Despite the loss of training camps in Afghanistan in late 2001, al Qaeda still manages to run a training program. While it has long (before 2001) used the Internet to distribute training manuals, there is still a need for hands- on training. This is especially true for explosives, and bomb making. By 2002, some of the training courses had been re-established in remote areas of Afghanistan, and just across the border in Pakistan.
There were also terrorist training camps in Pakistani Kashmir (for preparing men to operate across the border in Indian Kashmir), but al Qaeda was, as much as possible, kept out of these camps. That's because, while the Pakistani government was willing to fight al Qaeda, it could not go after the Islamic terrorists fighting in Indian Kashmir, and being trained in Pakistani Kashmir. So al Qaeda was, more or less, kept out of the camps used by the Kashmir bound Islamic terrorists.
But up in the mountain villages along the Afghan border, individual al Qaeda bomb and operations experts held quick, and clandestine, courses for Afghans, Pakistanis, as well as men from Arabia and Southeast Asia. Although their were some losses, when Pakistani police, or CIA operatives, caught a class in progress (and inflicted casualties), the system has worked. The "traveling terrorist training camp" idea has spread to Southeast Asia as well. It has not, apparently, shown up in Europe or North American yet, largely because of the need for a really remote area for the testing of student bombs. The West is also a difficult for Islamic terrorists to move about unnoticed.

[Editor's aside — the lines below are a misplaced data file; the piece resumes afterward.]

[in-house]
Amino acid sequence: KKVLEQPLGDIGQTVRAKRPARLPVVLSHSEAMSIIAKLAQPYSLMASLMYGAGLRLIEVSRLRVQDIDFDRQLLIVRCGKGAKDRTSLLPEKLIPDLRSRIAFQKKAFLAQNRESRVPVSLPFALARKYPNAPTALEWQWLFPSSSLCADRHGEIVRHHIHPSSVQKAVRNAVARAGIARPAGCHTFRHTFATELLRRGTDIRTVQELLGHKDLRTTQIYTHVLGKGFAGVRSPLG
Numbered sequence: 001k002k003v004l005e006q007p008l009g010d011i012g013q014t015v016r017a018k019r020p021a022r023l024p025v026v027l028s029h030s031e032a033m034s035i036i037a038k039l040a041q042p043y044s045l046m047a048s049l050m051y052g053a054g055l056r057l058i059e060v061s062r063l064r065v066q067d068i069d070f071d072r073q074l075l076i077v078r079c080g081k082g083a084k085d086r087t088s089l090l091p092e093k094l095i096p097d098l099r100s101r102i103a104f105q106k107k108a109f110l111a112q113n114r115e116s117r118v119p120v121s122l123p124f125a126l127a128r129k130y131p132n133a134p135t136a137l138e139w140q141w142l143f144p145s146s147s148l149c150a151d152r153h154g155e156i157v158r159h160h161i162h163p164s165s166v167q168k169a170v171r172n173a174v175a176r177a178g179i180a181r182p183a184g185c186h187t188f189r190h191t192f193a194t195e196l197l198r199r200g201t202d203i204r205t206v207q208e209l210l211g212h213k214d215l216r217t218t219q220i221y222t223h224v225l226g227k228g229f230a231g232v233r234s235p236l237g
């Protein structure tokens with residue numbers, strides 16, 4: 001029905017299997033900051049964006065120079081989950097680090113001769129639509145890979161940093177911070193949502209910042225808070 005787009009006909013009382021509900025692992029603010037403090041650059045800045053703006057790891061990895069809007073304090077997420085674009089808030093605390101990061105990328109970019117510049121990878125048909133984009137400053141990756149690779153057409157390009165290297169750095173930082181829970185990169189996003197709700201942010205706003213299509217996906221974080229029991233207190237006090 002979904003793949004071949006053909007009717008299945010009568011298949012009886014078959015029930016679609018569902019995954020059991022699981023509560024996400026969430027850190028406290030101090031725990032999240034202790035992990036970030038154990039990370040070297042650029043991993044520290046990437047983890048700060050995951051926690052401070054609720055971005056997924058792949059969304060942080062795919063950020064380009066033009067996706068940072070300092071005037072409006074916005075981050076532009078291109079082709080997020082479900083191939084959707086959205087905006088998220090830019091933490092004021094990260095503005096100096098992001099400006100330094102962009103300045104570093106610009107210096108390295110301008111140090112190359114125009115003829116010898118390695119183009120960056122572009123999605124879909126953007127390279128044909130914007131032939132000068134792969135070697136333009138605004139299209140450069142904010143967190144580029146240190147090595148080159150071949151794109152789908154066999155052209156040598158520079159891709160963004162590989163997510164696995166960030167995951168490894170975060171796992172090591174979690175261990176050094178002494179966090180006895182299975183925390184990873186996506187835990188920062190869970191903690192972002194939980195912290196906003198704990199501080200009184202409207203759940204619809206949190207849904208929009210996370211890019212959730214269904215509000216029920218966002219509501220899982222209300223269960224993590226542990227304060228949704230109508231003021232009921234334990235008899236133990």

The hunt for the traveling terror instructors continues, although many of the faculty captures are not publicized for one reason (they are sometimes snatched in countries that would otherwise leave them alone) or another (it's important to keep the trainers disappearance secret so that you can more easily chase down other terrorists.) The traveling training system does not educate nearly as many terrorists as did the system of fixed camps in Afghanistan before 2002. But many future attacks will be traced back to skills acquired on the run after 2001.